Mr Greene had to admit that his morning began with a fright. At first, he panicked over the spilled tea which ruined his favourite waistcoat. Then, he realised that Mrs Inglis’s now muffled cries still resounded from afar. Surely, there was more to this than mere fuss over spilled tea and a ruined breakfast. Leaning across his writing desk in search of a clean napkin, Mr Greene hurriedly reached to the right. His outstretched fingers landed in a pool of smooth warm liquid. With a swift movement of the hand, Mr Greene wiped his fingers on some papers and muttering a curse looked down. The horror! His palm and fingers were completely covered in blood, blood which had started to clot right on top of his great-grandfather’s desk, blood which had infiltrated the pores of the wood and had left a large and irregular dark stain there. Realising that Mrs Inglis’s fright could not have been caused by anything but the blood, Mr Greene rushed down the stairs in pursuit of his housekeeper and found her huddled in a corner behind the stables.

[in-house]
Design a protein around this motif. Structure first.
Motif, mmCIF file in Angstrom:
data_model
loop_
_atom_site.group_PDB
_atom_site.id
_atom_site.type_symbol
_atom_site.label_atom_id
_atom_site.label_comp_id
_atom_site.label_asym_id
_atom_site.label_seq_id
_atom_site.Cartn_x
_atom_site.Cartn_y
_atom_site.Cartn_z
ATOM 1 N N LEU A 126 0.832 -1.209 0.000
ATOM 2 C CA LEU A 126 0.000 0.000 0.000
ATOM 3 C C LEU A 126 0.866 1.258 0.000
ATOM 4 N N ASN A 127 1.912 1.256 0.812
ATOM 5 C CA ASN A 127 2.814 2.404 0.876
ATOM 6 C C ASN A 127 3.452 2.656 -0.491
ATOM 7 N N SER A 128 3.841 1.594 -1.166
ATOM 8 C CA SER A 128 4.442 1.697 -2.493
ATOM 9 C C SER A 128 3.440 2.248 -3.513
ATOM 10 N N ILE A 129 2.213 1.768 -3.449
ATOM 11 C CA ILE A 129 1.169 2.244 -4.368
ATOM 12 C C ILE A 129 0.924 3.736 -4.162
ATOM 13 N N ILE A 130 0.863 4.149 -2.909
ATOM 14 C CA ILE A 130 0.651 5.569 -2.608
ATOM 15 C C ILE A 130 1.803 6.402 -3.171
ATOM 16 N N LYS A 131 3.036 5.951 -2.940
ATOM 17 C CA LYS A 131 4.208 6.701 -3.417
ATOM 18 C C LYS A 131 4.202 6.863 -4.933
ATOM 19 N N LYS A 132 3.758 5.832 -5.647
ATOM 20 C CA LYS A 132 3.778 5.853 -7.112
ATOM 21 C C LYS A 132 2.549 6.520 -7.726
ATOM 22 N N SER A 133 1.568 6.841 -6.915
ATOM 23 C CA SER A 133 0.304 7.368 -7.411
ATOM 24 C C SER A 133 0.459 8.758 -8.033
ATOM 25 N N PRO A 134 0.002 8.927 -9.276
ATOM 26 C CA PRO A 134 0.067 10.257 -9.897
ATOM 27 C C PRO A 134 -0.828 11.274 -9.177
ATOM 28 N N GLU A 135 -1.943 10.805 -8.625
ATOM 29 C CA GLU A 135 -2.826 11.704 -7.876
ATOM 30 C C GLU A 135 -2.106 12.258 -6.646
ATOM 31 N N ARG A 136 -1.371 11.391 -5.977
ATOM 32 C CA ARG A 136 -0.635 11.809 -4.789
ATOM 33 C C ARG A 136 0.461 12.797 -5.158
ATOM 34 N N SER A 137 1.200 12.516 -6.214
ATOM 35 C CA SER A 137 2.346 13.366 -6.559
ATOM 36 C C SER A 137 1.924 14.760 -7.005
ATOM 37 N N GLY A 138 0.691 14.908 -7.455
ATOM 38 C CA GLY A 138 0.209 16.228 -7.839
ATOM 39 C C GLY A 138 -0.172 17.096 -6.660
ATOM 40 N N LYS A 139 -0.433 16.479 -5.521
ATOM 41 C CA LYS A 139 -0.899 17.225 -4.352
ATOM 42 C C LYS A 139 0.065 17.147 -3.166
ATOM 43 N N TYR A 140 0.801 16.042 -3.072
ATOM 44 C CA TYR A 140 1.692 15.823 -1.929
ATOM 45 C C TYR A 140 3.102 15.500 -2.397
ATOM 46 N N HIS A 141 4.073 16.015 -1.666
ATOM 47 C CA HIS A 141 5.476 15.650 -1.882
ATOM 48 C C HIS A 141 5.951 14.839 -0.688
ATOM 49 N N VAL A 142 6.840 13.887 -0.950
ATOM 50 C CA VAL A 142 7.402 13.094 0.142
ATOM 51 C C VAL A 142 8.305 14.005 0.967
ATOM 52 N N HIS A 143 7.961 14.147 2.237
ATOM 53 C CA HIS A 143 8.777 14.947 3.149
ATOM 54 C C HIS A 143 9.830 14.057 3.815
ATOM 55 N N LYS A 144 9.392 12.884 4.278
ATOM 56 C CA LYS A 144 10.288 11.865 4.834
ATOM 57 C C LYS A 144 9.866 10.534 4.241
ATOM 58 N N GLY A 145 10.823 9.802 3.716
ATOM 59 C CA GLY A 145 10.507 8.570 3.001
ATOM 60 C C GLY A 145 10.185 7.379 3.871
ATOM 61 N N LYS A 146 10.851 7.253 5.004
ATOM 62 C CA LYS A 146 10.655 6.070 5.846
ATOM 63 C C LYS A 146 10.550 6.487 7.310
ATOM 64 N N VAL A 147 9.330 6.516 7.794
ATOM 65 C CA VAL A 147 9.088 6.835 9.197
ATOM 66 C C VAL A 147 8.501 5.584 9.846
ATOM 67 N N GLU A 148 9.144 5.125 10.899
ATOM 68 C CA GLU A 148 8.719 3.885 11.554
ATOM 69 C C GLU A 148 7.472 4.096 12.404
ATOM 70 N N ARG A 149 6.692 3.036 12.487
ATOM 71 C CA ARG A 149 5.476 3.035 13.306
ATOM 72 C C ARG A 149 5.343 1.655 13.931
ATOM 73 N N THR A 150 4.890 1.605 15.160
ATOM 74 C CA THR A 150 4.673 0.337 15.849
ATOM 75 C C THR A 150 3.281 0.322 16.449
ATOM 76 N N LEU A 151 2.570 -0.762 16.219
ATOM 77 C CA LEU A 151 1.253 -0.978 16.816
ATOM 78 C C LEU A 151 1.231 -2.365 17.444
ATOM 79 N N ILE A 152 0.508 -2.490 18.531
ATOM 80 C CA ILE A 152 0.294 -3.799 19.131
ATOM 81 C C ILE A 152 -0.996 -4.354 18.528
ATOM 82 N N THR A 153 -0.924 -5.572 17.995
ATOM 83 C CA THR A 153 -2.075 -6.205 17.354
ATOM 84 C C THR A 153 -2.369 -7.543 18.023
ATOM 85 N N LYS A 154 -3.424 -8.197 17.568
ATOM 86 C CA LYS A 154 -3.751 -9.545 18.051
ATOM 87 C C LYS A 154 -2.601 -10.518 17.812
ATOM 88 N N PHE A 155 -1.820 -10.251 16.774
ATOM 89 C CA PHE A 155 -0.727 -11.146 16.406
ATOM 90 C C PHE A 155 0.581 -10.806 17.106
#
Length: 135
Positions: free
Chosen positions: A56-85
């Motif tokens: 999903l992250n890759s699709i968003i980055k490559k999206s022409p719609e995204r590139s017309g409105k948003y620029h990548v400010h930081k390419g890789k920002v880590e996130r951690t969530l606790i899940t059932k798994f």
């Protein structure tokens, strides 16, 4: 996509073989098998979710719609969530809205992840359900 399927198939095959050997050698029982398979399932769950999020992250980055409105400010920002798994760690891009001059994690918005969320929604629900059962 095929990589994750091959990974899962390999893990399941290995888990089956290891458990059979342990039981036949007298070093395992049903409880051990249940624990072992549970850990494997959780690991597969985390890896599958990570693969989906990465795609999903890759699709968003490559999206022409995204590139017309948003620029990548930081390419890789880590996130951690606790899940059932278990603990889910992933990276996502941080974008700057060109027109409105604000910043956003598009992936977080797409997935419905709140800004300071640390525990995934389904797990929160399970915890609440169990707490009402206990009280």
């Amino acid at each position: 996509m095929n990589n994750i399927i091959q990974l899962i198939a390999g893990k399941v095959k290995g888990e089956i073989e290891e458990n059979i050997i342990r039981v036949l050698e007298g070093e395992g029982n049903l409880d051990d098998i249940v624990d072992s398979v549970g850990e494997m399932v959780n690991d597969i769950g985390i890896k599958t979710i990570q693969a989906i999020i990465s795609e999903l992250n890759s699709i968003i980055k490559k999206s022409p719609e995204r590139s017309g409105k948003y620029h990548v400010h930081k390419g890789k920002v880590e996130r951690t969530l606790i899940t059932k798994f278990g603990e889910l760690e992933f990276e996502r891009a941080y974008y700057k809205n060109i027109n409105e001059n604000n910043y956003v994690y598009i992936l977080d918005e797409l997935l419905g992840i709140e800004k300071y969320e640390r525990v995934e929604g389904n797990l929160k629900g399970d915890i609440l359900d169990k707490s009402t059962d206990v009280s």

“Mrs Inglis, please! I am fine!” Mrs Inglis looked at him in disbelief and hiccupped.
“Are you… are you… a ghost? Oh, my poor Mr Greene, I am so sorry that it had to end like this! What a horrible way to die…” She swallowed back her tears but a distracted sigh escaped her.
“No, you are mistaken, Mrs Inglis, I am fine. I am not a ghost. The stain you saw… it is not my blood.” Mr Greene tried to reassure her and took out a bloody napkin from his waistcoat pocket. Mrs Inglis sunk back against the wall, her wild gaze set on the napkin.
“Oh, this… I tried to clean up the mess upstairs… Mrs Inglis, please, come up and help me out with this. I have so many things to do and now this… Please!” Mr Greene waved impatiently and started for the house.
Mrs Inglis strutted reluctantly along, feeling incredibly silly and outrageously superstitious. Yet, if Mr Greene was not dead and if the stain of blood on his writing desk was not his, whose blood was it? Mrs Inglis and Mr Greene rarely left the house at all. Mrs Inglis’s domain was downstairs – the living room, the dining room, the kitchen, the stables and the back yard. When Mr Greene was not tending to the rose garden in the front yard, and this he usually did in the mornings, he spent a considerable amount of time in his study or in his library and he always left the door separating the two rooms open. Wiping her eyes in her apron, Mrs Inglis dashed forward to catch up with Mr Greene who was opening the back door. Whoever had bled on that desk must have been very quiet and very inventive indeed, she thought.